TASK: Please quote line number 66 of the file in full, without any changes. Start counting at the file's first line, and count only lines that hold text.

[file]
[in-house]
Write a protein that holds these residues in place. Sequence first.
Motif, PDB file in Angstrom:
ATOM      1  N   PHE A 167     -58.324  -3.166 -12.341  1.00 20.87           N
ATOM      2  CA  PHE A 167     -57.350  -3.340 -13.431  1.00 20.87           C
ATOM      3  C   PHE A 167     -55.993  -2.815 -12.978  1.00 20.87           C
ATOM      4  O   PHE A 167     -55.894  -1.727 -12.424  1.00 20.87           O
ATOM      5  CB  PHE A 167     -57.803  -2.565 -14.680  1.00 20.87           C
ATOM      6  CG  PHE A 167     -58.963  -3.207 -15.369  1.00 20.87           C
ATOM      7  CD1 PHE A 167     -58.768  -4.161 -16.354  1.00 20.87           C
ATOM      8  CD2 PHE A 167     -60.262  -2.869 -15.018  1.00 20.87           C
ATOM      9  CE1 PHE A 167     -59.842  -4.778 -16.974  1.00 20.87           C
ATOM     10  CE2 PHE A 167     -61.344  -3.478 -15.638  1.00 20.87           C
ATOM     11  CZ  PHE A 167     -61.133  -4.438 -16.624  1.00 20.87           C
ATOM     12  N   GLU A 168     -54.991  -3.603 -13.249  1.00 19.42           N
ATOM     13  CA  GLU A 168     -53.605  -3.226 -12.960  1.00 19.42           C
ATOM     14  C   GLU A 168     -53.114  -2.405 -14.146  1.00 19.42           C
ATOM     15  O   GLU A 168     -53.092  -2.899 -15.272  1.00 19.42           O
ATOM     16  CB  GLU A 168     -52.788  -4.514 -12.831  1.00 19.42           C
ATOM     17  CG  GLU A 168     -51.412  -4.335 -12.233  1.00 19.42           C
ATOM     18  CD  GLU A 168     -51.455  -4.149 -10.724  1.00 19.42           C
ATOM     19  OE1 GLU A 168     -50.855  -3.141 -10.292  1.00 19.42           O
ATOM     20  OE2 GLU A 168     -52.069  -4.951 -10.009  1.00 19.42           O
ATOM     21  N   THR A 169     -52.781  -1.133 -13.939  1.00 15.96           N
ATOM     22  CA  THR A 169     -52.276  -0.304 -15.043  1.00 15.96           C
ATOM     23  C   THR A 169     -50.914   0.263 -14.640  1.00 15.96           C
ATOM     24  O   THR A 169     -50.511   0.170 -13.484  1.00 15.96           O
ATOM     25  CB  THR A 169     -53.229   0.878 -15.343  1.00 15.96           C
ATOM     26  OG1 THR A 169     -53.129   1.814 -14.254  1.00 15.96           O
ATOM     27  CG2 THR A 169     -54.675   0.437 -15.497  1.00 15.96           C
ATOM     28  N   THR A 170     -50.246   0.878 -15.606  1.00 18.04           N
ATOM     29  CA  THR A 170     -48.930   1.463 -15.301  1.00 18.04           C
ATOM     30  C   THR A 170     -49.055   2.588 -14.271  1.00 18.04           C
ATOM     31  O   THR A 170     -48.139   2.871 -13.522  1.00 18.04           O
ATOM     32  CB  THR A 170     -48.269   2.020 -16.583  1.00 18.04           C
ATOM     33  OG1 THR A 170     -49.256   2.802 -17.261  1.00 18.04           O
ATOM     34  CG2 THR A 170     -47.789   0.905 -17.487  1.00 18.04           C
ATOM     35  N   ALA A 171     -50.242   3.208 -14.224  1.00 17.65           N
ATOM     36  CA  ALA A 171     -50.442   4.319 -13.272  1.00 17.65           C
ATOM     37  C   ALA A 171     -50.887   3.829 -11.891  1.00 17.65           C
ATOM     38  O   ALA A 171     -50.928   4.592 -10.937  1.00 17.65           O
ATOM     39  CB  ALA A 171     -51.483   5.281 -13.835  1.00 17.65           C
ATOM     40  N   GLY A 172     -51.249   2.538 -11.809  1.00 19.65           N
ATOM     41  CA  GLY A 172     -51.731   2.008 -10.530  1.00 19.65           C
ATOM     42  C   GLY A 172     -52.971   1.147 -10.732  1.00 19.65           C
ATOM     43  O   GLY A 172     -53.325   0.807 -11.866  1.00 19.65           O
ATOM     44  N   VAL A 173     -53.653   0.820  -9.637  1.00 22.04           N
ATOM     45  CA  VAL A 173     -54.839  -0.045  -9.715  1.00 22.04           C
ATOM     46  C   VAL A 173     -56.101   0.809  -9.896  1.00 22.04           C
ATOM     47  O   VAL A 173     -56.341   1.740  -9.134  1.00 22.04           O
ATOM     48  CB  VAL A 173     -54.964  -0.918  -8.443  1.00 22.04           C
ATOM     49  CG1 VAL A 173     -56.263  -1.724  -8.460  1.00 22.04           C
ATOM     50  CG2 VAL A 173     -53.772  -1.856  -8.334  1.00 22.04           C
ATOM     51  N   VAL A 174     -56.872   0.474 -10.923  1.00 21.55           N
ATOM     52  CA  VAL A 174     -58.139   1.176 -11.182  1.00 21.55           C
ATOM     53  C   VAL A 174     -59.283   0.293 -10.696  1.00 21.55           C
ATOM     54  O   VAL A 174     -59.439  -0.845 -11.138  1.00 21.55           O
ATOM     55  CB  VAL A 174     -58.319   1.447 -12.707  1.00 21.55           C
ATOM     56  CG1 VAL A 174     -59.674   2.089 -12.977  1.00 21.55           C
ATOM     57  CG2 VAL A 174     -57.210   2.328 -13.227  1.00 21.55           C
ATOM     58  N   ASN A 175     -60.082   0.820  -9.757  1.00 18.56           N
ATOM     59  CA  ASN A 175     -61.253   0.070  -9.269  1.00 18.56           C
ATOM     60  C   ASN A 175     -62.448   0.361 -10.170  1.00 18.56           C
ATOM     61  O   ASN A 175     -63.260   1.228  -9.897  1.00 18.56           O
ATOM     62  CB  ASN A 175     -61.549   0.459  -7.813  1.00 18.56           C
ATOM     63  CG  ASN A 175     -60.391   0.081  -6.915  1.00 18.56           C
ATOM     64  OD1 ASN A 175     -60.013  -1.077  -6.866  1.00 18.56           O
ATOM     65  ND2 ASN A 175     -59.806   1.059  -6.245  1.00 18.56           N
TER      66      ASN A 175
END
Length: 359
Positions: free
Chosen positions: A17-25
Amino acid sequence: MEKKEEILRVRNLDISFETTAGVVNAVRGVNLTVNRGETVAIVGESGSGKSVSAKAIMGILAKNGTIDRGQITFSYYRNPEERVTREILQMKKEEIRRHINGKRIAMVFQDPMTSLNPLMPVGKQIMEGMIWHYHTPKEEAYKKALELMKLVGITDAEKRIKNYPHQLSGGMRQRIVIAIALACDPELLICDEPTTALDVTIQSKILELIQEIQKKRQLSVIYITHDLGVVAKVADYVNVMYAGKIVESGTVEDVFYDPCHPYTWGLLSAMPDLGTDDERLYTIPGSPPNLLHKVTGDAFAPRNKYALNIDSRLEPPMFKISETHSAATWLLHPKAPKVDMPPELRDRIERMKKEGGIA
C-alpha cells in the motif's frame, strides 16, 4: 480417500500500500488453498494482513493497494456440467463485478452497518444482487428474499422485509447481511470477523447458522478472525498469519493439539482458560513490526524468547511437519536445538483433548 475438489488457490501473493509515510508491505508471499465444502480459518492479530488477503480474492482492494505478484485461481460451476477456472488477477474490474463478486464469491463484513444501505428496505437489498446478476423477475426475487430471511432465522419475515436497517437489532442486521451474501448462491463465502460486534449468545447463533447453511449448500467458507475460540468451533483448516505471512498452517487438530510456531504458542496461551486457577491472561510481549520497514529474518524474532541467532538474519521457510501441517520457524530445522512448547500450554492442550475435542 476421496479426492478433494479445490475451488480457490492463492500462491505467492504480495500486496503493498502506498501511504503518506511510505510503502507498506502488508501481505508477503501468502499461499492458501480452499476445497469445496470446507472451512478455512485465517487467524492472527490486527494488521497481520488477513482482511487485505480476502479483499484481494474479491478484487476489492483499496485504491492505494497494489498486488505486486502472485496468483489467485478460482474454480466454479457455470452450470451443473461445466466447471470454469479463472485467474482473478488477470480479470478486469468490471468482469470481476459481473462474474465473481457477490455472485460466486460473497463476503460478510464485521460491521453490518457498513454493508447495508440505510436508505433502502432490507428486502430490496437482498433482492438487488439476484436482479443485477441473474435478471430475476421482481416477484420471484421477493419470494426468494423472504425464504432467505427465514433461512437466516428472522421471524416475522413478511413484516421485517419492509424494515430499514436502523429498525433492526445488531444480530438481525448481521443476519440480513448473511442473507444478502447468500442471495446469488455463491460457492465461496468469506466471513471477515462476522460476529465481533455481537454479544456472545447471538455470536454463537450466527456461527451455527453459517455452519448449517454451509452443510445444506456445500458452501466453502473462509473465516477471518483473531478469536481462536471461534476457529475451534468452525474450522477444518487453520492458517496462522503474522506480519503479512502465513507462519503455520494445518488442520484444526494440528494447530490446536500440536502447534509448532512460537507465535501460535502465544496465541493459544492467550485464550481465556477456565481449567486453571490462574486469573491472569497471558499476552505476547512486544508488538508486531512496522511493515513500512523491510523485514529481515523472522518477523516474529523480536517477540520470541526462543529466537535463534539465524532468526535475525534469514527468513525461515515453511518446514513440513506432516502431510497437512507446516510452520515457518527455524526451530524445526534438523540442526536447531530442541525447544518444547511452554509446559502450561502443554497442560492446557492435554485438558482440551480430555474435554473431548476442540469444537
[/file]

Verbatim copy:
ATOM     63  CG  ASN A 175     -60.391   0.081  -6.915  1.00 18.56           C